Phlebectomy

Modern minimally invasive phlebectomy is highly effective and safe. It is surprising to most people that there is little or no pain involved after the procedure.

Ambulatory phlebectomy (emphasis on the word ambulatory) is also commonly known as microphlebectomy, stab phlebectomy, or stab avulsion. Ambulatory means that you are able to walk normally right after the procedure.

With phlebectomy, abnormal varicose veins are removed through tiny needle holes with a small instrument that looks like a crochet hook. Phlebectomy is an exceptional technique to permanently remove large varicose veins.

phelbectomy

Patients with varicose veins often also experience a problem where the valves in the saphenous vein are not functioning properly.

Varicose veins are often analogous to a tree and its branches. The varicose veins that are visible are the branches that come from a vein trunk (the saphenous vein).

The saphenous vein is not usually visible. Ablation treats the trunk of the tree and the phlebectomy treats the branches (the visible varicose veins.)

The saphenous vein is closed first closed by sealing it with heat from a laser or radiofrequency catheter. The remaining surface veins can then be removed with phlebectomy or injected with medicine which is called sclerotherapy.

If the varicose veins are left alone and only allowed to decompress after a saphenous vein procedure, they will usually recur in time.

phelbectomy

Therefore, phlebectomy is usually an adjunctive procedure performed after an ablation of the saphenous vein. It can be performed at the same time as the saphenous ablation or be staged and treated at a later date.

Phlebectomy is not the traditional stripping of varicose veins where the patient often was not ambulatory after that procedure. Patients didn’t walk right away afterwards because of the pain caused from trying to walk after the stripping procedure.

Modern minimally invasive phlebectomy is highly effective and safe. It is surprising to most people that there is little or no pain involved after the procedure. Sometimes people take an anti-inflammatory medication but narcotics are not required.

A big advantage of today’s minimally invasive micro incision phlebectomy is that the veins that are removed cannot recur unlike after injections or sclerotherapy.

That is because your varicose veins are totally removed from your body.
When discussing this procedure, people are usually concerned and ask about their circulation after the removal of these large veins.

People want to know – where will the blood go? Although these large veins are removed, fortunately there are no adverse effects on your circulation. The blood is rerouted through other healthy veins that are located nearby and deep in the leg.

Your venous circulation is improved. Injection of medication into the varicose veins is the only other alternative to remove the varicose veins themselves. This is done after the ablation of the saphenous veins has been performed. Phlebectomy is indicated for medium sized to large varicose veins over sclerotherapy.

A disadvantage of sclerotherapy is that it can leave a partially damaged varicose vein that can open up with time and recur.

There are many advantages of phlebectomy over sclerotherapy. Phlebectomy is permanent. The veins that are removed can never come back. However, because of genetics or a family history of varicose veins, new varicose veins could develop over time.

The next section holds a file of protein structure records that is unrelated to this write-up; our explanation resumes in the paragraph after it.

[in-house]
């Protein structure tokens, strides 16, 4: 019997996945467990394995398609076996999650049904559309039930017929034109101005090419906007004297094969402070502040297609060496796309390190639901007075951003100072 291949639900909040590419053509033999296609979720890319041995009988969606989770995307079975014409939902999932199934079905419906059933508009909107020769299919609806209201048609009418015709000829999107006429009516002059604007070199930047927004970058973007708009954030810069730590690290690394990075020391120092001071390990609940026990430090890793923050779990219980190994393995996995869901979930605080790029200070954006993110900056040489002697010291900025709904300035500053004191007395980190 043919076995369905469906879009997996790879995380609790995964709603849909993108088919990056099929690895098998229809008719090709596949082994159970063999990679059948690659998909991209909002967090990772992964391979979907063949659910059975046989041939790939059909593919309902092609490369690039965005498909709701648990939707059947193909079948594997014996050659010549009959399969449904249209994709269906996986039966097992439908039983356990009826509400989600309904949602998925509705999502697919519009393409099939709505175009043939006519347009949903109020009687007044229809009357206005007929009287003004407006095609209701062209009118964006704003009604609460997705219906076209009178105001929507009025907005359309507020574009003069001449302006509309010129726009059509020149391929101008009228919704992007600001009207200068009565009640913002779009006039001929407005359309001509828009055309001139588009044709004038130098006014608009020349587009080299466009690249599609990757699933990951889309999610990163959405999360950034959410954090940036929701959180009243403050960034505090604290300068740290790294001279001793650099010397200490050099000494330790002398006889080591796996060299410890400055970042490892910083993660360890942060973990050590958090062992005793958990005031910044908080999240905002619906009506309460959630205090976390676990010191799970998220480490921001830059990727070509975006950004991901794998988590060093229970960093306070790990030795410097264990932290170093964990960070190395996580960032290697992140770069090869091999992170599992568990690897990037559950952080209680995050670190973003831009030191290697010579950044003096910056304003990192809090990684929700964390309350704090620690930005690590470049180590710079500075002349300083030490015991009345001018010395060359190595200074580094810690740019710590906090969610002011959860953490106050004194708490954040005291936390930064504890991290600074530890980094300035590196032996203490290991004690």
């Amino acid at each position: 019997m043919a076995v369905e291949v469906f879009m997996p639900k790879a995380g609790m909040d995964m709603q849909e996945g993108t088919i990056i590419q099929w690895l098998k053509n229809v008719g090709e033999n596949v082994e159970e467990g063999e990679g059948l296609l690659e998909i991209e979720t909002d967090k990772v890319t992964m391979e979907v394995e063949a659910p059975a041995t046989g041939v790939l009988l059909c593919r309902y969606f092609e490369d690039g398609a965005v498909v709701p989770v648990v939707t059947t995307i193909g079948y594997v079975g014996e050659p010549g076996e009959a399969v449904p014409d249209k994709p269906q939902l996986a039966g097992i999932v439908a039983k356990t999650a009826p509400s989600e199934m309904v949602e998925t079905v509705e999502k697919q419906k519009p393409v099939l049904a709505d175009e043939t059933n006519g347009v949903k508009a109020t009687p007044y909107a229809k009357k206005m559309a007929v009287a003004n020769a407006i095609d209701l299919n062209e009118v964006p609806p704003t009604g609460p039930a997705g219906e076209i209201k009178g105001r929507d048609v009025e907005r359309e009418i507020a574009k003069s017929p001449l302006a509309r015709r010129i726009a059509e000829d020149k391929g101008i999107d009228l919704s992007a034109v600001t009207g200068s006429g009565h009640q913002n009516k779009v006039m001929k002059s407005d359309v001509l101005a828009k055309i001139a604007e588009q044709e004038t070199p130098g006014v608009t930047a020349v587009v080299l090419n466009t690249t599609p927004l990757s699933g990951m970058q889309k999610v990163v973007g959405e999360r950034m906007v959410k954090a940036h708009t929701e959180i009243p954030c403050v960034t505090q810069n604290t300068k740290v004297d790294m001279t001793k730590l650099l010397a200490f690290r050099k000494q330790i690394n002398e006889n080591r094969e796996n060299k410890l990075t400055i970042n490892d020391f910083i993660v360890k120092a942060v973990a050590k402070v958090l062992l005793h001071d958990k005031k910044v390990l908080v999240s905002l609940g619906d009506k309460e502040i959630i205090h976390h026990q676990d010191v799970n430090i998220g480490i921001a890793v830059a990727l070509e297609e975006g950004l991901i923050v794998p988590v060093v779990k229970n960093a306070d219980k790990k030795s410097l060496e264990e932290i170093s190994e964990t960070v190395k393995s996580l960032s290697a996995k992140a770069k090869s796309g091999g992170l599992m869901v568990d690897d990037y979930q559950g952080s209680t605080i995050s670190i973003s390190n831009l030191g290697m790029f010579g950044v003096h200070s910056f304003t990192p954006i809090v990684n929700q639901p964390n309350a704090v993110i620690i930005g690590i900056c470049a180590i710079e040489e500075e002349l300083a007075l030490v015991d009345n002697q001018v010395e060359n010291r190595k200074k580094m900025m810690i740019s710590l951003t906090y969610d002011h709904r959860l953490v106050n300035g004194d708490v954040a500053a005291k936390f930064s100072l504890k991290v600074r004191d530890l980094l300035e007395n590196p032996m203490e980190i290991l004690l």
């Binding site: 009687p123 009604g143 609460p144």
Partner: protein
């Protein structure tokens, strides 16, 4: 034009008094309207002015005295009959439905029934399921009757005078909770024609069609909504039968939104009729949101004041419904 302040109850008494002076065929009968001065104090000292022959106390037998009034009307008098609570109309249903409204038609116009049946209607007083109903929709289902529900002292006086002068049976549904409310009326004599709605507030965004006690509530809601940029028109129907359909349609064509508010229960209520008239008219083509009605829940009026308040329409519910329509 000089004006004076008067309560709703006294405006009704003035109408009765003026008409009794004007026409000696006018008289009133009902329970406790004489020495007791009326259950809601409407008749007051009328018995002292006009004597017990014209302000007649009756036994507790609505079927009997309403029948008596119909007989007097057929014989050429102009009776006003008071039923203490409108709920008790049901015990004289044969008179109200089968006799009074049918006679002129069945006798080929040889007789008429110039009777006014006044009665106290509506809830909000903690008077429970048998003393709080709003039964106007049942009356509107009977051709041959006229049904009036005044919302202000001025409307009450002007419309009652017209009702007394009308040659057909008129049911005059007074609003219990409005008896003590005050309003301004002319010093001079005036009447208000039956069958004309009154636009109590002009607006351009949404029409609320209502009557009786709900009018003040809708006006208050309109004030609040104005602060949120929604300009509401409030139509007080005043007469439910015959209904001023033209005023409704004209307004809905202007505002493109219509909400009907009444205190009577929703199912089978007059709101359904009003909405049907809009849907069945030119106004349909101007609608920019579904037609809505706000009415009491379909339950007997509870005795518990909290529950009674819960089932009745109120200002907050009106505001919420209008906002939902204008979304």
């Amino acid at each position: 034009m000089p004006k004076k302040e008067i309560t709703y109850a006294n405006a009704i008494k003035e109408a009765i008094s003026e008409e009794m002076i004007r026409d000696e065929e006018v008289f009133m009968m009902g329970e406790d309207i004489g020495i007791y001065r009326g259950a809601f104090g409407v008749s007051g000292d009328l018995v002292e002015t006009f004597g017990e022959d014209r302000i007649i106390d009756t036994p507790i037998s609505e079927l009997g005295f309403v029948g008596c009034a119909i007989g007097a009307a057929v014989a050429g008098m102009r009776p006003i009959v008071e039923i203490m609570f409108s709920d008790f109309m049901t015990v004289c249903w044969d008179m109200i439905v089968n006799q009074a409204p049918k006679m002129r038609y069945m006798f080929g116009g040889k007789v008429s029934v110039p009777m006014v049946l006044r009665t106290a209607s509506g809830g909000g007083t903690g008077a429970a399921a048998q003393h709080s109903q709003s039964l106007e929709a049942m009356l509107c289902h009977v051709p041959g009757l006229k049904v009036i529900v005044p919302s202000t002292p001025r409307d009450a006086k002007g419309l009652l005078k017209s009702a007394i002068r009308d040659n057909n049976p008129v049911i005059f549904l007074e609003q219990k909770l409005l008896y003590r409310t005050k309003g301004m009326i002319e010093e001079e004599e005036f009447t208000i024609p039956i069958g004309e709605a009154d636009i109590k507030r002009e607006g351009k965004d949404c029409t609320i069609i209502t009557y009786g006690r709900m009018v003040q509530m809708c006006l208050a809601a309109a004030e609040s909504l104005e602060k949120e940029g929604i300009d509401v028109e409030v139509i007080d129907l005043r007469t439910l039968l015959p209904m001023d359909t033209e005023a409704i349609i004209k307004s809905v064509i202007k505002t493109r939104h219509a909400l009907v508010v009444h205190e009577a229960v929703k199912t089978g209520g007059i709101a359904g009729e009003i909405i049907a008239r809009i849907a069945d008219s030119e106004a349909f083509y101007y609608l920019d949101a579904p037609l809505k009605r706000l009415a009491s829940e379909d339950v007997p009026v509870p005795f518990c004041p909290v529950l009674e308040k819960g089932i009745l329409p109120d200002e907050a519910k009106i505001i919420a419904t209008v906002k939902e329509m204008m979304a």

Varicose veins are a progressive disease. Treatment is palliative but is usually long lasting especially when phlebectomy is done as an ancillary procedure in addition to saphenous vein ablation.

Phlebectomy is minimally invasive and well tolerated. With tumescent local anesthesia, the tissues around the target veins is and the varicose veins are entirely numbed.

People usually feel a nonpainful tugging sensation while the veins are being pulled on and avulsed. Most people do not complain of pain while it is being done. Pain medication is not required.

From a cosmetic standpoint, phlebectomy is clearly superior to sclerotherapy. There are no scars because the mini incisions are made with a needle. On the other hand, sclerotherapy often leaves tender or painful veins with trapped blood that needs to be drained later.

As the sclerosed vein dissolves, the overlying skin becomes hyperpigmented and turns brown. This rarely occurs with phlebectomy.

Also, phlebectomy does not require the drainage of trapped blood. The trapped blood after sclerotherapy that results in significant ugly hyperpigmentation (dark brown lines in the skin over the veins) often takes months or years to resolve depending on the size of the vein.

To sum it up, for large varicose veins, phlebectomy is clearly superior to sclerotherapy in terms of cosmetic results and lower rates of recurrence.

Take the next step, contact the Happel Laser and Vein Center today.

Take the next step, contact the Happel Laser and Vein Center today.

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Medical Accreditations

Dr. Happel is associated with several medical societies and accreditation groups.

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Medical Accreditations

Dr. Happel is associated with several medical societies and accreditation groups.

Read More ›

IAC Accreditation
RPVI
ACR
SVB
Certificate
American Medical Association